Moscow workshop review

Our involvement with the 3D printing community in Russia started in 2013 when my colleague Professor Thierry Rayna and I were invited by the Moscow Agency of Innovation to attend a FabLab conference co-organised by the MIT. During this event we had the privilege to be invited to the opening of the first Centre for Maker Innovation and Technology (CMIT), which are makerspaces and fablabs aimed to cater for the young audience. During the next four years we continued our collaboration with this CMIT, which allowed us to meet many professionals involved in 3D printing and eventually to recruit them for the horizon scanning workshop.

 We had nine participants from a variety of backgrounds: automotive, 3D printing manufacturing, 3D printing software, financial services, medical, nano technology,  bioprinting, creative industries. The workshop was mostly conducted in Russian (with informal exchanges in English during the break).

We are still in the process of transcribing and translating the data, but again can offer a few initial insights as to our findings:

According to our participants, industrial 3D printing in Russia started in the 80s, particularly in the airspace industry. It was in 2012 however that the first official distributor of 3D printers was opened in Russia. Prior to that the 3D printing community was using (open source) printers brought from China. Similarly to Chinese colleagues, participants also mentioned the expiration of some 3D printing patents in 2012 as an initial driver which led to the industry development. The current driver was outlined by the participants as the new roadmap approved by the State Council Presidium, which focuses on building Digital, Smart, Virtual Factories of the Future.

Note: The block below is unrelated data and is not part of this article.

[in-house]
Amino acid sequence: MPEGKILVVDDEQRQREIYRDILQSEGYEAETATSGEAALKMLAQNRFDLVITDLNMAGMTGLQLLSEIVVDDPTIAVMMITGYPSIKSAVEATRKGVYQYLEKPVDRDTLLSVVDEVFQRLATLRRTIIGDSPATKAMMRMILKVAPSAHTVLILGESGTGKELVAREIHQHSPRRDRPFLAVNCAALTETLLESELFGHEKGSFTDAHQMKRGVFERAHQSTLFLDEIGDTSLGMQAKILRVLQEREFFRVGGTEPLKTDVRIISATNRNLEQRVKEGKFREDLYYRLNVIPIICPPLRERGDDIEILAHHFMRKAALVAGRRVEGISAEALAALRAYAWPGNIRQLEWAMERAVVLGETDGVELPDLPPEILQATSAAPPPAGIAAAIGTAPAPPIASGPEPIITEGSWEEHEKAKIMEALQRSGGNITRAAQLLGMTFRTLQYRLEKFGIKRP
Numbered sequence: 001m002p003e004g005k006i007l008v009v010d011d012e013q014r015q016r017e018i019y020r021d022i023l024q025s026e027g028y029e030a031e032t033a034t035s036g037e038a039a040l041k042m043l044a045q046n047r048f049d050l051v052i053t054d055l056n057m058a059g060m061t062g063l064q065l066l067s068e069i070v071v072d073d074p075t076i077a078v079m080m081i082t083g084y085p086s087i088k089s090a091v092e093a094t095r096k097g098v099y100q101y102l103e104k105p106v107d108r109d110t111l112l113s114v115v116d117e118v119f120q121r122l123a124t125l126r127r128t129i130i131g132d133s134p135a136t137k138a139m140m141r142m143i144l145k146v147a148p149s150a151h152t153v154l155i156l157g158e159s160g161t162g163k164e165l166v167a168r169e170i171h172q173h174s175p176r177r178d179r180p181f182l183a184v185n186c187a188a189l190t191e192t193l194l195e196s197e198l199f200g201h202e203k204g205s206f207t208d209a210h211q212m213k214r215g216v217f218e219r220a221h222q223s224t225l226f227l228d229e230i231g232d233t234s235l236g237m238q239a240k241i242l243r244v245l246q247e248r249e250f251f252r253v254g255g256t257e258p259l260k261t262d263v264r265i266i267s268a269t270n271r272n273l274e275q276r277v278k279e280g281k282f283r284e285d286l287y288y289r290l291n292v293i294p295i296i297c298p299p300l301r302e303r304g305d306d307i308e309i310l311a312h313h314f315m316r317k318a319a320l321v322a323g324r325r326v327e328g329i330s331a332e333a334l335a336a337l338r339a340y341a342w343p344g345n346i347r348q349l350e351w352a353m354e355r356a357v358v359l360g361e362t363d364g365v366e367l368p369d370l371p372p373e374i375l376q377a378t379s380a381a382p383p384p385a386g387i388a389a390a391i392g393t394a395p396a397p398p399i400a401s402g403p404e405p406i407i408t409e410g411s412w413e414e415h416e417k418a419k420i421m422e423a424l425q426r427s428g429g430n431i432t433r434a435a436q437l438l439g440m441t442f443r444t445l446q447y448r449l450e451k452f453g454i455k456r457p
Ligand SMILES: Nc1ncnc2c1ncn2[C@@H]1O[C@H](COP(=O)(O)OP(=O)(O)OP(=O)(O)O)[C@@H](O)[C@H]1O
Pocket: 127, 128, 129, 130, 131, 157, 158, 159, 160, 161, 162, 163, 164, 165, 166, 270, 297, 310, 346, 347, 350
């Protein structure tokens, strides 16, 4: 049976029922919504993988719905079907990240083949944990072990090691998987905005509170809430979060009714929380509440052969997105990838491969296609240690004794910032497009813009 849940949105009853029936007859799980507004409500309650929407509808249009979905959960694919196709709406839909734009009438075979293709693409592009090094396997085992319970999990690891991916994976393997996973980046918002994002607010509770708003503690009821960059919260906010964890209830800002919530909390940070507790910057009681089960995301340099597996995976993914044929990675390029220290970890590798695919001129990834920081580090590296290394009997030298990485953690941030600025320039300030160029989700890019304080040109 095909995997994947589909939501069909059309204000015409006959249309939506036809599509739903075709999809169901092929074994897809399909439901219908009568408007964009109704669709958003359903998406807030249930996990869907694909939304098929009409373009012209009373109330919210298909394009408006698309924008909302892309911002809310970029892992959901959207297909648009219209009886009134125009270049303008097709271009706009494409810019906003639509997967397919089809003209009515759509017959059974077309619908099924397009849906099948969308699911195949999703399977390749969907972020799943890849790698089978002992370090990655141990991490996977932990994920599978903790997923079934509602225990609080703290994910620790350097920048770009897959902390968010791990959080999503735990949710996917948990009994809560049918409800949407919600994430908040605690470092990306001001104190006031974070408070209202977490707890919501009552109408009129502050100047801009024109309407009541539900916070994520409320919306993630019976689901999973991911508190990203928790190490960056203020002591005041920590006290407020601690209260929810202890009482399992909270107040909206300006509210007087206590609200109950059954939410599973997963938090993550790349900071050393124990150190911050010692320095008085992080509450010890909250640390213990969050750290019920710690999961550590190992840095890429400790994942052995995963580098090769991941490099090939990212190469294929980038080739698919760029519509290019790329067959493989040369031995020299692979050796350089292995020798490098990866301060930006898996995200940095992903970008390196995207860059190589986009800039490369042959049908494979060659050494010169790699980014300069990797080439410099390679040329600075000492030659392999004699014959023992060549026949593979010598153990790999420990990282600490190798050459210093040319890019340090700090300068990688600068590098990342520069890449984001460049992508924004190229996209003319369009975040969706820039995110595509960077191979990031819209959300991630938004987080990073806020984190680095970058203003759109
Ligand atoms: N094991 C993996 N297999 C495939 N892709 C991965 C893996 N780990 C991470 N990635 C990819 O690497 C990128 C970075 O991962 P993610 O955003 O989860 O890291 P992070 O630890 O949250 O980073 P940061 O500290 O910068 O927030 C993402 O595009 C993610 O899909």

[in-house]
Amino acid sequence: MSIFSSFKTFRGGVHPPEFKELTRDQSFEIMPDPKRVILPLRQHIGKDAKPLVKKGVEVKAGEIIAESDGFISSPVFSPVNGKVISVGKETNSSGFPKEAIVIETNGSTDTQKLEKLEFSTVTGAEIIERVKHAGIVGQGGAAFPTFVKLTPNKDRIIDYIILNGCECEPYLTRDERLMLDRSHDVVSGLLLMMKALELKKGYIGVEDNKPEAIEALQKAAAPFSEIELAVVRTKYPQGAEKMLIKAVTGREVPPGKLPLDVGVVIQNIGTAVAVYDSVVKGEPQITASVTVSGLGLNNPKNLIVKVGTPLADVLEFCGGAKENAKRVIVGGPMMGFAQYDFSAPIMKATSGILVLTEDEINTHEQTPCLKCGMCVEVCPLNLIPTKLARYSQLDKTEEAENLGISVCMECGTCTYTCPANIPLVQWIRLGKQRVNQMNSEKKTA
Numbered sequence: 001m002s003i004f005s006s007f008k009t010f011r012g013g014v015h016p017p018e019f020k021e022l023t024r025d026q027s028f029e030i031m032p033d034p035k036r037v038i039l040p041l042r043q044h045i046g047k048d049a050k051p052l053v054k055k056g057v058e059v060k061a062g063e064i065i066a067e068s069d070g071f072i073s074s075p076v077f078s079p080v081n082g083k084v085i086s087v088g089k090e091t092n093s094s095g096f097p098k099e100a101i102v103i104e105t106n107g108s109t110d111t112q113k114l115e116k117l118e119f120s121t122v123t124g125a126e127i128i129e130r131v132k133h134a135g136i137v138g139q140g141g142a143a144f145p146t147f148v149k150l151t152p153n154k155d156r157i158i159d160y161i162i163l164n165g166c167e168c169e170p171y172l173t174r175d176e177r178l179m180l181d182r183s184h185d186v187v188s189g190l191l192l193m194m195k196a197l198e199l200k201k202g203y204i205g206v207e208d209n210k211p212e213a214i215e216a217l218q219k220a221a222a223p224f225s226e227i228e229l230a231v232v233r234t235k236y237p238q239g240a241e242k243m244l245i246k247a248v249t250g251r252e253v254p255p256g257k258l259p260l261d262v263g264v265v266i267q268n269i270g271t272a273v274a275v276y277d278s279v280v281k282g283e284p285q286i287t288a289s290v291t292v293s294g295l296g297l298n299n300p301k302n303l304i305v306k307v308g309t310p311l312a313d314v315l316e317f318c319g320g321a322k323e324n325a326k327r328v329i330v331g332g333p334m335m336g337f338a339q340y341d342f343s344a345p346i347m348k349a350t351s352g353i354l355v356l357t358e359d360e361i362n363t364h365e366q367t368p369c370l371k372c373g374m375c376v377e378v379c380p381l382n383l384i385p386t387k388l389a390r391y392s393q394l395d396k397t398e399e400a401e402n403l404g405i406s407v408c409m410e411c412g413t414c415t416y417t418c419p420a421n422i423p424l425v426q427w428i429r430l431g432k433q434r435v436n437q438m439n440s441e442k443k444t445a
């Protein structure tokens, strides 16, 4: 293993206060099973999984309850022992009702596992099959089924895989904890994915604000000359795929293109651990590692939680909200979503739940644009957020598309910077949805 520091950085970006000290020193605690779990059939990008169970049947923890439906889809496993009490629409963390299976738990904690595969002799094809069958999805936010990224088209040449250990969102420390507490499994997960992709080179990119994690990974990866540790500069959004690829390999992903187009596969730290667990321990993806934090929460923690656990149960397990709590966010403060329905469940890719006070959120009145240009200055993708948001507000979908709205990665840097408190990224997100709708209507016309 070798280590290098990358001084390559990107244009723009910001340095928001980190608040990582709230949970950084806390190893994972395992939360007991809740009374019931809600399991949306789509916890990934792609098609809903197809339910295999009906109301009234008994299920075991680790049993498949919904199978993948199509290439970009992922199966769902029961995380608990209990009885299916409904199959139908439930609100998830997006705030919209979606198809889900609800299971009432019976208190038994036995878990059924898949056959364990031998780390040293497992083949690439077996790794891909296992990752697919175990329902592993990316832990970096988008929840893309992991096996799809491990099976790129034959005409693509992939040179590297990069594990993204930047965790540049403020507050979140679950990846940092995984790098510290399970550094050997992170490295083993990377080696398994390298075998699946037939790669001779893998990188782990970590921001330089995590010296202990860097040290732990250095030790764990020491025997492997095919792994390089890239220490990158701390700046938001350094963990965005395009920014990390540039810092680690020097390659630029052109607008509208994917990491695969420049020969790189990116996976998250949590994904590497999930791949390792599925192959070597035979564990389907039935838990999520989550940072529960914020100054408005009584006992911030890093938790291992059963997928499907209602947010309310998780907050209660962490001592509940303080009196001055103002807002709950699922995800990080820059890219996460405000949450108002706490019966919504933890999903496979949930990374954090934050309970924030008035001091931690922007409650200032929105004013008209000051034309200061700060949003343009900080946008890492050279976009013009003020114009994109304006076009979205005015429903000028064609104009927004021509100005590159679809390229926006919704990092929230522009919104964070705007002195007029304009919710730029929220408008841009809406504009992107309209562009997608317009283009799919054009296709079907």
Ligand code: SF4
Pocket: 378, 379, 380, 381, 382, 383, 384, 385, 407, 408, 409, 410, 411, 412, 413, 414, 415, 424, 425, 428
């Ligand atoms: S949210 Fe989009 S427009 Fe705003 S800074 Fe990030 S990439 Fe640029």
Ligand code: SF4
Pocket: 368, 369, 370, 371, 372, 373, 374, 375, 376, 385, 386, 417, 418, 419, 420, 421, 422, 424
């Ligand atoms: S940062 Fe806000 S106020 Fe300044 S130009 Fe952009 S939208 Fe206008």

Participants came to the conclusion that at the moment there is not enough content (especially in Russian) and final production is usually not possible, as many objects require usage of additional manufacturing processes. The other conclusion was that, considering current legislation (not related to IP), 3D printing is highly unlikely to disrupt any of the industries. For example, in Russia, making any change to a car voids the car insurance.

Spasibo (thanks) to everyone who gave their precious time to participate in this research. Thanks again to Andrey Teslenko, CMIT Director for providing us with space and assistance and Alexandra Porozova for taking notes.

Please contact me (ludmila.striukova AT or Thierry Rayna (thierry.rayna AT with any questions about this work.


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